In 1621, when some of the first European settlers in America sat down to give thanks for a successful harvest and for their survival in an unfamiliar land, they were simply coming into synch with an ancient local custom. Many tribes in the northeastern United States, including the Narragansett Indians and the Wampanoagearly allies of the Englishobserved Thanksgiving meals throughout the year.
So its not hard to imagine a mixed feast, where the settlers could have expressed their gratitude to the Native Americans, whose knowledge of local foods had made their new life possible.
All Saints Day, New Orleans
The week before All Saints Day (November 1) New Orleans gets ready to say thank you to its ancestors by spiffing up its cemeteries. Its mostly a symbolic gesture; the Big Easys aboveground mausoleums are fairly spotless to begin with (see our January 2000 feature story, City of the Dead). Still, the custom is to whitewash family tombs and leave floral offerings, particularly yellow chrysanthemums.
In old New Orleans, the celebration of All Saints Day would begin with Mass and end with a Thanksgiving-like picnic at the family plot. Nowadays, graveside parties are a less popular event. Folks are more likely to attend a church service followed by a Rosary Walk, where individual tombs are blessed by a priest. Although respectful, the Day of the Dead events that I attended were never maudlin. In New Orleans, a worldly sense of humor is always close at hand to leaven the solemnity.
Christians around the world observe All Saints Day, with each region often having its own local flavor. New Orleans shares some similarities with Mexicos version of the Day of the Dead, where cemeteries in Oaxaca are the settings for all-night celebrations of music and prayer.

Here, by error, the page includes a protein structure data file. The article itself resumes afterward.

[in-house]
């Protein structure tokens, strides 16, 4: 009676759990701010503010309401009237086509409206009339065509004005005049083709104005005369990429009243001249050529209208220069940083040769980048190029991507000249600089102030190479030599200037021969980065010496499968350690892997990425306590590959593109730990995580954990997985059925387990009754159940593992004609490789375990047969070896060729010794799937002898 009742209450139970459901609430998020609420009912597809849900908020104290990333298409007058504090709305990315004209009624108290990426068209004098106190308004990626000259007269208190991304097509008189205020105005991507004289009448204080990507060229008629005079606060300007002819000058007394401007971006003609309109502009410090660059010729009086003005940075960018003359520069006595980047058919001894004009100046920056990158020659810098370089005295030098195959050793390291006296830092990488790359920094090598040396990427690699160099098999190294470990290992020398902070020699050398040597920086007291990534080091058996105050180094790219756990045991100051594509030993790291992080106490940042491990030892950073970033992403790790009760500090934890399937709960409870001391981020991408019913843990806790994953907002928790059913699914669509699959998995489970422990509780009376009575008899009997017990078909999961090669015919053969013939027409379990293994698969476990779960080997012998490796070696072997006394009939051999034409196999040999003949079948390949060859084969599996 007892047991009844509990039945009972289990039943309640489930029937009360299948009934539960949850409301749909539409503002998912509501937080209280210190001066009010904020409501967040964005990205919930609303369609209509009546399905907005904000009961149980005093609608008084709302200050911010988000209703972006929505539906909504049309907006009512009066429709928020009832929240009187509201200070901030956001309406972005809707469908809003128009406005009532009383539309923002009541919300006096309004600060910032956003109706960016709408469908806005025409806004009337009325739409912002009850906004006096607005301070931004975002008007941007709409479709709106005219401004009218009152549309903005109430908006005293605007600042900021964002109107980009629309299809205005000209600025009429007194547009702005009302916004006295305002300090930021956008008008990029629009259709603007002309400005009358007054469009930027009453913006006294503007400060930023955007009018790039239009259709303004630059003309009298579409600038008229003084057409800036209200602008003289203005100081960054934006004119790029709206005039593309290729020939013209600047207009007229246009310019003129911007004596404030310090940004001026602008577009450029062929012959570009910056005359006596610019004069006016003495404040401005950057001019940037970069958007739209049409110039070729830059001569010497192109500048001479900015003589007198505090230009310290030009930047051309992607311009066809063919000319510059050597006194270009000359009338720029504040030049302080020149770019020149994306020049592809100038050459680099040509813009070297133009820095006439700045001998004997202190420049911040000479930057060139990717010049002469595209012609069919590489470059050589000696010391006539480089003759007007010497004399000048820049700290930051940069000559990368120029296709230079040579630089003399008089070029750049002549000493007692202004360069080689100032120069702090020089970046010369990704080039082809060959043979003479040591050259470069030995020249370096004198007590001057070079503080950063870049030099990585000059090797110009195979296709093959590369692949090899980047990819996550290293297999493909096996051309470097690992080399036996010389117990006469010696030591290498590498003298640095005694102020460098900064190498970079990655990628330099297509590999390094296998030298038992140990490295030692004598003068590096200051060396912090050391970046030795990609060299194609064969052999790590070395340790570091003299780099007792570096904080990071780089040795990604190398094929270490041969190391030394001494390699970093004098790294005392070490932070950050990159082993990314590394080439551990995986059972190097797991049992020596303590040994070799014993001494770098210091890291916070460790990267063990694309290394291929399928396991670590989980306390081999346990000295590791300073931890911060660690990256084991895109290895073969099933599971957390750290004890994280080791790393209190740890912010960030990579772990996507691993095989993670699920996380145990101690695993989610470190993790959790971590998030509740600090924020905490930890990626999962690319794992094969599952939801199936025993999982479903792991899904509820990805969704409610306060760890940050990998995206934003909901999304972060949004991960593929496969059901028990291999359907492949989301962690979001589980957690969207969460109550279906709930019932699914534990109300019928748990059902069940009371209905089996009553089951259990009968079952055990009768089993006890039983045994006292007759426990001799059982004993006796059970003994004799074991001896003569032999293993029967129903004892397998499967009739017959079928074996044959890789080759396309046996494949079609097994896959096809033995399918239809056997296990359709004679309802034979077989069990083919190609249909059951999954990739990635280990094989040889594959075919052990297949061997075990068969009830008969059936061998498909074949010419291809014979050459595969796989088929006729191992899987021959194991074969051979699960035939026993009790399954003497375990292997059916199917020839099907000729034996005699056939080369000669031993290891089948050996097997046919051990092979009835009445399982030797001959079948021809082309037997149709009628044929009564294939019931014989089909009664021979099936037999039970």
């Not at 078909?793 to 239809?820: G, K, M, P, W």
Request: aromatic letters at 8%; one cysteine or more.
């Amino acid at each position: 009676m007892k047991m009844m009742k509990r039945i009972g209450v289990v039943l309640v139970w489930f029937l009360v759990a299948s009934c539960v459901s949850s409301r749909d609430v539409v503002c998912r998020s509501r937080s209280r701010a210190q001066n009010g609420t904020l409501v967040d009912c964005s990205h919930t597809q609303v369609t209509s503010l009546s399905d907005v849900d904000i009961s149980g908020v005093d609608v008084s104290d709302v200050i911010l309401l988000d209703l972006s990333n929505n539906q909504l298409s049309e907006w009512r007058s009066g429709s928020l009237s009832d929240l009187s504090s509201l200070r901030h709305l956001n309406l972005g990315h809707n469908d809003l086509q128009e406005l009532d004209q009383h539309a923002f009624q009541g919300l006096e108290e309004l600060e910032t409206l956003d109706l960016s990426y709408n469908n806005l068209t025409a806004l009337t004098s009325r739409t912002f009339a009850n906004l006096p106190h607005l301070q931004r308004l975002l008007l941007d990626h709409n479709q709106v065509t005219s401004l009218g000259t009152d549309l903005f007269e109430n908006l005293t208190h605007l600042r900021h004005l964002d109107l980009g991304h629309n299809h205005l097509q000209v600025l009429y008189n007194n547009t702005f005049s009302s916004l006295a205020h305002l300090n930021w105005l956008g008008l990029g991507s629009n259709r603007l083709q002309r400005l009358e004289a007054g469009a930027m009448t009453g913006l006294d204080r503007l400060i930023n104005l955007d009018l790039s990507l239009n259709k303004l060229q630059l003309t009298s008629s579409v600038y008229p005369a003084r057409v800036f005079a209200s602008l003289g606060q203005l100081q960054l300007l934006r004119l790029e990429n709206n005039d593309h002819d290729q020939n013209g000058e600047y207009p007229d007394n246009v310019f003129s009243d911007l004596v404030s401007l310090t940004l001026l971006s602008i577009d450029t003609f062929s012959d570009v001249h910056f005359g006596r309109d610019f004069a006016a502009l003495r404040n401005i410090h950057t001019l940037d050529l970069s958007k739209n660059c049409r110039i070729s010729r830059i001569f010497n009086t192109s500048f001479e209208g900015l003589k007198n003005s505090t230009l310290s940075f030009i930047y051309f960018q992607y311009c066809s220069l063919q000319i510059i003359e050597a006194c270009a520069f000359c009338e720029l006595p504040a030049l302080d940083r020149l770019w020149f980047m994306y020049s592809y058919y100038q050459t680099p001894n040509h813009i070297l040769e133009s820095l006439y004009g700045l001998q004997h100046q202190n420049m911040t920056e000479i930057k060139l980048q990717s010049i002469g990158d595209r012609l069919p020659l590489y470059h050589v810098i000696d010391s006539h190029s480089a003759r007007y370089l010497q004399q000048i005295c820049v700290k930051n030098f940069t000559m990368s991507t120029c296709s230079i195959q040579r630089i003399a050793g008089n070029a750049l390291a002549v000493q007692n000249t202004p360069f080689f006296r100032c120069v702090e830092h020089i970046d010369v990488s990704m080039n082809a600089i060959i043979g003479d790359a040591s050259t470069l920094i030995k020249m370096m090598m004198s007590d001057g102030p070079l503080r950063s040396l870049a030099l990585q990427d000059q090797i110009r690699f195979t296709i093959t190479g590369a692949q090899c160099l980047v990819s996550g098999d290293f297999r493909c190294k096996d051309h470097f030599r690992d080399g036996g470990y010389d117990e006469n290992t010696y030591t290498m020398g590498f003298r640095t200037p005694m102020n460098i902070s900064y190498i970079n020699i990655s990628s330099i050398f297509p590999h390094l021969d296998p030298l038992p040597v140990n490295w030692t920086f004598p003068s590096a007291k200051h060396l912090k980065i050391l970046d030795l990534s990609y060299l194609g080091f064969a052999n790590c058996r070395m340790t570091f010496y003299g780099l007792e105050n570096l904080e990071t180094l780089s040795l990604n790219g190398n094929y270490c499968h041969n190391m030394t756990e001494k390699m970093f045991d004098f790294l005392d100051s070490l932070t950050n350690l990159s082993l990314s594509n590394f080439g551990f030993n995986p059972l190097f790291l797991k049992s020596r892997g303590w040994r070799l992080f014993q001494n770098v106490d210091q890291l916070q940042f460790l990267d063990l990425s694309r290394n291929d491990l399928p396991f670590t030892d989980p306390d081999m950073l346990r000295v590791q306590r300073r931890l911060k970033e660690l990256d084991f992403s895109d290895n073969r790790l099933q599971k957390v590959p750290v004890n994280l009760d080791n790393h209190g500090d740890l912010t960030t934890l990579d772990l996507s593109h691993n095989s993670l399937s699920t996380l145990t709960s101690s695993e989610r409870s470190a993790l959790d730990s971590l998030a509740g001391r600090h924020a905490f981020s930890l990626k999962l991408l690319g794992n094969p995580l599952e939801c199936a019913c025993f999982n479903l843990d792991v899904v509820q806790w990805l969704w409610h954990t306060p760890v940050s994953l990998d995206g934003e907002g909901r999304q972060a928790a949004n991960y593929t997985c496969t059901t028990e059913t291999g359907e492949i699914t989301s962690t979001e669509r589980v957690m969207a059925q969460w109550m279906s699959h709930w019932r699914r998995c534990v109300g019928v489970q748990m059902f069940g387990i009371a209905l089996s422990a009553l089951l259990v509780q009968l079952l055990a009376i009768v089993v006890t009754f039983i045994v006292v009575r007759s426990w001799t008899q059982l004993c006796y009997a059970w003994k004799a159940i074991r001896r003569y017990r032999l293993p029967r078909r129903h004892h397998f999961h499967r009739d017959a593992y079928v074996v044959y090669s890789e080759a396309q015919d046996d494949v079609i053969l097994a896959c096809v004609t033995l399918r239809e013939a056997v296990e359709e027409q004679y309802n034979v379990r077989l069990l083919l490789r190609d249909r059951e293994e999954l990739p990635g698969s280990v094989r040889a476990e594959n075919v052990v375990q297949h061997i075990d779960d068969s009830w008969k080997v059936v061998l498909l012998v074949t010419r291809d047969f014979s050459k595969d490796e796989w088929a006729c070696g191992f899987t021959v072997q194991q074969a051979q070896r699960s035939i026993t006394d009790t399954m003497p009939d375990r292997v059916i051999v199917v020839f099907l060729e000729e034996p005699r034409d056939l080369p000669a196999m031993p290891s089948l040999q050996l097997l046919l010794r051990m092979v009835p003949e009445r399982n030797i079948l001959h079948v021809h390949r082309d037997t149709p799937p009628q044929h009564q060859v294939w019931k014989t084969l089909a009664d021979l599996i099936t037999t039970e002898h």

On the eve of All Saints Day, there is an informal vigil held at Louisianas Fleming Cemetery. An hours journey from New Orleans, visiting Fleming is like slipping into another time stream, complete with a Louisiana bayou and Spanish moss hanging from stately oaks. There is an ancient Indian burial mound right in the center of the cemetery, and its still possible to find an old shard or two of broken pottery lying about. Many of the grave plots are strewn with white clamshells.
|After the flood, it’s been difficult to track down a number of the people who originally appeared in this story. If anyone knows of their whereabouts, we’d be grateful if you would let us know|
Its become the custom here for folks to bring boxes of jars and candles that theyve collected all year. As the sun sets, every grave is set with a lit candle protected inside a jar. The day after All Saints Day is All Souls Daythe day of the deadand on this eve, Fleming glows with a constellation of mini-altars, giving the place a magical aura. Its a great way to tender thanks and share the feeling of good will.
Last year, one of the visitors to Fleming cemetery was New Orleans social advocate Anna Ross, who told me that every All Saints Day, she makes a promise to herself not to just rest on the laurels of her forebears, but to make sure she will leave her own unique legacy. It brought to mind an old saying: gratitude is not enough. Perhaps giving thanks is part of a larger process of reciprocity, where we respond in kind to the gifts of family, neighbors, and nature. Giving, as they say, begets giving.